The Tipping Point

Flying Lion Brewing: Hold My Beer

The Tipping Trap

Tipping is a tradition in the US but is now creating problems for both businesses and their customers. It has created a culture of uncertainty and inequality.

One problem with tipping is that it places the burden of paying workers on customers, rather than employers. As a result, workers’ wages are often unpredictable and unreliable, dependent on the whims of customers. 

Tipping can also be awkward for customers. Payment systems that require customers to select an amount to tip can put the customer in an uncomfortable position of having to decide how much to tip. This can lead to stress for customers who don't want to under-tip and offend the service provider or overpay for the service. It can also create resentment if the service doesn't meet expectations, but the customer still feels obligated to tip.

Hence, we're caught in a tipping trap.

Hold My Beer

One of our favorite local businesses is Flying Lion Brewing, a craft brewery located just a short drive from Mercer Island in the Columbia City neighborhood of South Seattle. The business is co-owned by Griffin Williams and his family. It opened in 2014 and is now a cornerstone of the Seattle craft beer scene. The brewery is housed in a former grocery store, which has been renovated to include a taproom, outdoor patio, and production space.

The taproom is a welcoming space with plenty of natural light and industrial chic decor. The bar is made from reclaimed wood and the walls are adorned with local art. There's a spacious outdoor patio for sunny afternoons. The taproom is open 7 days a week and is kid and dog-friendly. You can take a seat at the curved bar, enjoy the open air when the garage door is rolled up, or grab a spot on the heated patio. Although they don’t have a kitchen, guests are welcome to bring their own food from home or one of the numerous restaurants in the neighborhood.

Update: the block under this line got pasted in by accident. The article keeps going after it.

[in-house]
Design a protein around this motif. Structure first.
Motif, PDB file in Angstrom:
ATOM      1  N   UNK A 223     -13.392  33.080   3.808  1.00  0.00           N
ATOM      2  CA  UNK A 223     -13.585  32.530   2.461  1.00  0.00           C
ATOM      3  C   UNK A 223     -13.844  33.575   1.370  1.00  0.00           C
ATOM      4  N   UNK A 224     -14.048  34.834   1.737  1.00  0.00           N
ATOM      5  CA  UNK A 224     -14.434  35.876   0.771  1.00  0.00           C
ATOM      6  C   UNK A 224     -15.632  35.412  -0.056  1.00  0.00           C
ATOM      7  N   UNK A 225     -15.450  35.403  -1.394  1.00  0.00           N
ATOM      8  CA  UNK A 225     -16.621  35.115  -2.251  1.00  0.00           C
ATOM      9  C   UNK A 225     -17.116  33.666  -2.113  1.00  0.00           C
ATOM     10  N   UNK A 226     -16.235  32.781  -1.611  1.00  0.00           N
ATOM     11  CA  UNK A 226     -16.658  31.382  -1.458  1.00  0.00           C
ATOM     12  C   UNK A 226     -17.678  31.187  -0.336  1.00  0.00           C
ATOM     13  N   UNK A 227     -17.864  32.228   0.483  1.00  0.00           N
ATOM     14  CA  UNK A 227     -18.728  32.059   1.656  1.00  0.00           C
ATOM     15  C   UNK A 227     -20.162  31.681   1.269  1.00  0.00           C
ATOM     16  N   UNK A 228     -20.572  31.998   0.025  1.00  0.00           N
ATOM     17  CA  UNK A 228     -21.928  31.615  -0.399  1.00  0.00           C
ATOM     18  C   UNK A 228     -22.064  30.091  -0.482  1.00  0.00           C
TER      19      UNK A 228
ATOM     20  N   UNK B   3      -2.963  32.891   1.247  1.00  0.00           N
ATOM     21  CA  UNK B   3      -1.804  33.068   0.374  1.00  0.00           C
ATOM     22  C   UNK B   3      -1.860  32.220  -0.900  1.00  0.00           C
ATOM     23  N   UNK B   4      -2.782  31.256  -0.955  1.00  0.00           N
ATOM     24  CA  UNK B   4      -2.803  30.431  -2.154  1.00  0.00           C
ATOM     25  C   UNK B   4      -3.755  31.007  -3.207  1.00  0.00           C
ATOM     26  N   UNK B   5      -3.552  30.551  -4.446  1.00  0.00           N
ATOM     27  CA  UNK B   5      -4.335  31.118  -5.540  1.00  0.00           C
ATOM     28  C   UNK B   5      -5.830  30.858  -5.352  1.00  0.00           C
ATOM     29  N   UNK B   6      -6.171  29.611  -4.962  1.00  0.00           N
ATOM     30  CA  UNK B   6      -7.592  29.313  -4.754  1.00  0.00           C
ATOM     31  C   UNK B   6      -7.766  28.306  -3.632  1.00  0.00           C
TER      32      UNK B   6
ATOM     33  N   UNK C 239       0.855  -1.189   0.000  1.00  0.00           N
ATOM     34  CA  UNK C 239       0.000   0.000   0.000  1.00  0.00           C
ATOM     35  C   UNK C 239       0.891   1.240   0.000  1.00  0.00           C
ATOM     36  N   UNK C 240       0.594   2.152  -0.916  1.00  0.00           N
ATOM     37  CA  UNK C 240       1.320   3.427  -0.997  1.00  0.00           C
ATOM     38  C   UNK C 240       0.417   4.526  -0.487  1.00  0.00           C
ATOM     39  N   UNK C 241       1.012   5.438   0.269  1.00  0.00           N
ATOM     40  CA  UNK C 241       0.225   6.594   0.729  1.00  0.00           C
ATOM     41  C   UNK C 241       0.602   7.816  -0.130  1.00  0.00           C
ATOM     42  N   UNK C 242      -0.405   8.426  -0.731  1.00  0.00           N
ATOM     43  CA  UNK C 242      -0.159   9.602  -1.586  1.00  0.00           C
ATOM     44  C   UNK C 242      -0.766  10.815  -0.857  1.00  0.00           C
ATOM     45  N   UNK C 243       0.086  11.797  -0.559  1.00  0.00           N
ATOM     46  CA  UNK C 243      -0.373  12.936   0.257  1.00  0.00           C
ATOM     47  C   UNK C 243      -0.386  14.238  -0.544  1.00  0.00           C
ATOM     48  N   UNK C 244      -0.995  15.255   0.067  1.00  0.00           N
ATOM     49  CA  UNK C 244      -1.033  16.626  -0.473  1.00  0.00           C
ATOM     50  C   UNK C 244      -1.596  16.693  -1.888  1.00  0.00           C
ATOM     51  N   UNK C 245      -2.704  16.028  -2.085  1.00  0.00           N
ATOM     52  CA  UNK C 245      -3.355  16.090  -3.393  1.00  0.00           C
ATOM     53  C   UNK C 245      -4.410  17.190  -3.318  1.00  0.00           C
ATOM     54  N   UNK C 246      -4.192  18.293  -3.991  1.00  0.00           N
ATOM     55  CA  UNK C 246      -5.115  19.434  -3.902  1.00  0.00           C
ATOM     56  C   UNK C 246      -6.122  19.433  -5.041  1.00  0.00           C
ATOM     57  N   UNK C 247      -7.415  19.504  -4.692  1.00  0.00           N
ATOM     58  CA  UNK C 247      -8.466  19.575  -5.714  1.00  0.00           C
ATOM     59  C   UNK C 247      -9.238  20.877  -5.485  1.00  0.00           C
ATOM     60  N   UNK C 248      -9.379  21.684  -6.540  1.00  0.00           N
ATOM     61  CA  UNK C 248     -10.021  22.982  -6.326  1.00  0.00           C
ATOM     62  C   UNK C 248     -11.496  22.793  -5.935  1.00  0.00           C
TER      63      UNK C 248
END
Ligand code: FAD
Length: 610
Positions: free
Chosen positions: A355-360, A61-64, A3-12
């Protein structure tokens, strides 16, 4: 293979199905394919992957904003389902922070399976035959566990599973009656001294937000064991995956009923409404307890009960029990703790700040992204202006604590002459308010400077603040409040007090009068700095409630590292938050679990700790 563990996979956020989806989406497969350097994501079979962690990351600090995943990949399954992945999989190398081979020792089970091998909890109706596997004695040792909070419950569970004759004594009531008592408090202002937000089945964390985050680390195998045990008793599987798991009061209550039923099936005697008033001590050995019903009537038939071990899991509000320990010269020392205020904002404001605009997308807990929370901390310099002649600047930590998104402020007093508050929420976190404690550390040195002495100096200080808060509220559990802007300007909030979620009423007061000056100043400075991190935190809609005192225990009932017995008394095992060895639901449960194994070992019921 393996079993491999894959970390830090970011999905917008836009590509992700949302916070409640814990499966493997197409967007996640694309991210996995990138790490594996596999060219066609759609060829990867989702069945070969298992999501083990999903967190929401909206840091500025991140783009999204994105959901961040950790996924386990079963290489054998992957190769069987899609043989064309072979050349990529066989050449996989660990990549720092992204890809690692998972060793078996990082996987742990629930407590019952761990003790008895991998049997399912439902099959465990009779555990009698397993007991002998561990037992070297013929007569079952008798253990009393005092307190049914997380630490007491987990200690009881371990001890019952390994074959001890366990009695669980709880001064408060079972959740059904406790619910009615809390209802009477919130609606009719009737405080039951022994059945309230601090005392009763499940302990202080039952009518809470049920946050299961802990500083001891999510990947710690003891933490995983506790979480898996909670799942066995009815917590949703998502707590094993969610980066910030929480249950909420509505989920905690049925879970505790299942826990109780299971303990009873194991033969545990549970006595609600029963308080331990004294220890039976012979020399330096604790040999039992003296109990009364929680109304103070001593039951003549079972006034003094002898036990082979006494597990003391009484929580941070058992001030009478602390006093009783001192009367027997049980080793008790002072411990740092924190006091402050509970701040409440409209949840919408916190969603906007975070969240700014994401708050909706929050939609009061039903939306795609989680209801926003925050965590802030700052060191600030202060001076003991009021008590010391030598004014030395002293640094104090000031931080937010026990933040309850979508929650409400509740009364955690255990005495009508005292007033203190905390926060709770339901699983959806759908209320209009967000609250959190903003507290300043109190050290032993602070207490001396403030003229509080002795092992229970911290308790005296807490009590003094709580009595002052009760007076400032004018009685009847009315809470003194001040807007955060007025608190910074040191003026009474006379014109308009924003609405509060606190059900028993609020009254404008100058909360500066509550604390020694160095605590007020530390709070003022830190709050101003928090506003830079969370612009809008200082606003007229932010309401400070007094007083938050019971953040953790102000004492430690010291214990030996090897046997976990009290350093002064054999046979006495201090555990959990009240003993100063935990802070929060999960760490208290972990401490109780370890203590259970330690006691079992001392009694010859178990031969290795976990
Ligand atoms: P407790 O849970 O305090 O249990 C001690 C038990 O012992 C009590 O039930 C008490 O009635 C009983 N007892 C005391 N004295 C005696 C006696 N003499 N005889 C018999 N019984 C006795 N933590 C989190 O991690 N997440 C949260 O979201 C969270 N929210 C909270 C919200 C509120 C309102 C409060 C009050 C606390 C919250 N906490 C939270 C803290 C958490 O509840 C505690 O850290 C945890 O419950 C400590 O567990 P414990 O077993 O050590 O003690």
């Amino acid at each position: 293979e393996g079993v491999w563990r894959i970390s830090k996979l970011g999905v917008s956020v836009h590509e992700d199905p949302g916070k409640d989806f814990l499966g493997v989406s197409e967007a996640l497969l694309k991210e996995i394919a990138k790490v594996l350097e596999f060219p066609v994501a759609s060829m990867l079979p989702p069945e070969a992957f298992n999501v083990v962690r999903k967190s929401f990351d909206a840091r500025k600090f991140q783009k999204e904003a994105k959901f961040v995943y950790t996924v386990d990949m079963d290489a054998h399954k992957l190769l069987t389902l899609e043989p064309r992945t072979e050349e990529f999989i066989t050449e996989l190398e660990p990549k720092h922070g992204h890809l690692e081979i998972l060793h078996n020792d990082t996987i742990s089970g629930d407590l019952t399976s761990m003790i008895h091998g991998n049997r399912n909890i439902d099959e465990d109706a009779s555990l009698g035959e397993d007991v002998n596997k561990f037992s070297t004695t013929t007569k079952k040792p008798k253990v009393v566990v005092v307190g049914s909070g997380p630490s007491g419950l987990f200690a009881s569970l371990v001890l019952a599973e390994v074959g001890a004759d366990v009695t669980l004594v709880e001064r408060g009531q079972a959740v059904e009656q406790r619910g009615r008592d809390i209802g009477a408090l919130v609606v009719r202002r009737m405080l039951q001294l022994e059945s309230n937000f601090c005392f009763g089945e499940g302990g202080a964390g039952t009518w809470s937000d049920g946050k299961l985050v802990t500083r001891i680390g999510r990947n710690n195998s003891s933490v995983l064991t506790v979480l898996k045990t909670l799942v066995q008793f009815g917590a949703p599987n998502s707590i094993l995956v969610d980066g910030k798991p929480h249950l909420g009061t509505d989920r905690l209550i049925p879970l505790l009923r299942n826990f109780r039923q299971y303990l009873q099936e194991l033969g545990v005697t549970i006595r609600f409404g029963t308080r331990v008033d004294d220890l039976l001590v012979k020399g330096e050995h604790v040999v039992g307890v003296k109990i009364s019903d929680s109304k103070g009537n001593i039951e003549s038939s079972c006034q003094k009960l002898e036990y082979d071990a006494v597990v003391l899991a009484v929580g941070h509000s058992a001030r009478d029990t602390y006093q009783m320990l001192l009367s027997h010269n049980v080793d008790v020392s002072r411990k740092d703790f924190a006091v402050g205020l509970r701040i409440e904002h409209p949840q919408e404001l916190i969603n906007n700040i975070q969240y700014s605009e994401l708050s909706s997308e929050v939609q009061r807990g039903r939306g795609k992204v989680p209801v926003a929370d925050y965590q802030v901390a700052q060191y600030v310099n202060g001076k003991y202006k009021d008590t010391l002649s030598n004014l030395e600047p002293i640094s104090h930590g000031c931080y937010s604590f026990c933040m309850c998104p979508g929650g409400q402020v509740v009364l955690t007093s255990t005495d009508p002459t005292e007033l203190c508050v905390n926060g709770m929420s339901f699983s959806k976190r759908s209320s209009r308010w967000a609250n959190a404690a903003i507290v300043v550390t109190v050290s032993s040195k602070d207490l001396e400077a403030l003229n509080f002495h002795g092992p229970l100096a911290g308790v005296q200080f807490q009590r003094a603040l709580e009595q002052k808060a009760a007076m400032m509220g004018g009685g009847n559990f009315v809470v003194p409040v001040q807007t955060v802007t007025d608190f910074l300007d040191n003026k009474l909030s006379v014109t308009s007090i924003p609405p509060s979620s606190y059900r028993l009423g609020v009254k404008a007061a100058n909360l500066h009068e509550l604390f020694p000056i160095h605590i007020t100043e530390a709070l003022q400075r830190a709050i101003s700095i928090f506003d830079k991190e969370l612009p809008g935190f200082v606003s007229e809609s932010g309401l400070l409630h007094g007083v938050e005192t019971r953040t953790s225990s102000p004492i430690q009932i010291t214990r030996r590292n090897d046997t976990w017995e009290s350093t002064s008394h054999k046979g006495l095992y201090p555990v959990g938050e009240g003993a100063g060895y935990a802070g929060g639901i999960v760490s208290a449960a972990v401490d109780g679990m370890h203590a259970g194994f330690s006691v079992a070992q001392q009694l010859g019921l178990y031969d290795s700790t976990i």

As reported in a recent Seattle Times story, for Williams, the absurdity of our culture’s tipping trap hit him when he purchased a charging cable from an on-line electronics store. They had a tip option at checkout,” he said.

Williams had already become concerned that tipping was causing a big pay gap between the bartenders — who got all the tips — and the people who made the beer in the back of the house. As the cost of raw ingredients and overall production costs increased during the pandemic, he was forced to raise beer prices, which in turn resulted in higher tip amounts and an even larger pay gap between servers and back of house employees. The experience of being asked to tip for an on-line purchase proved to be a tipping point, and Williams acted.

They ultimately raised the pay rate of the bartenders from about $16 an hour to roughly $28 an hour. Then they raised the base price of the beer about 20% (from about $5.45 to about $7.25). The result is the servers and back of house employees now make similar wages. They also implemented a retirement savings program for all employees. To Williams, this felt fairer for employees and created a better customer experience.

Now, when the bartender presents you with an iPad screen to sign, the old suggested and custom tip buttons are gone. According to Williams, customers are happy not to see the tip screen.

In addition to brewing great beer, Flying Lion Brewing is also a community hub. They host regular events such as trivia nights, a weekly group run that starts and ends at the taproom, and an annual multi-day Dark Beer Festival.

Overall, Flying Lion Brewing is a must-visit destination for anyone who loves craft beer, sustainability, and community. And now, you won’t need to tip.

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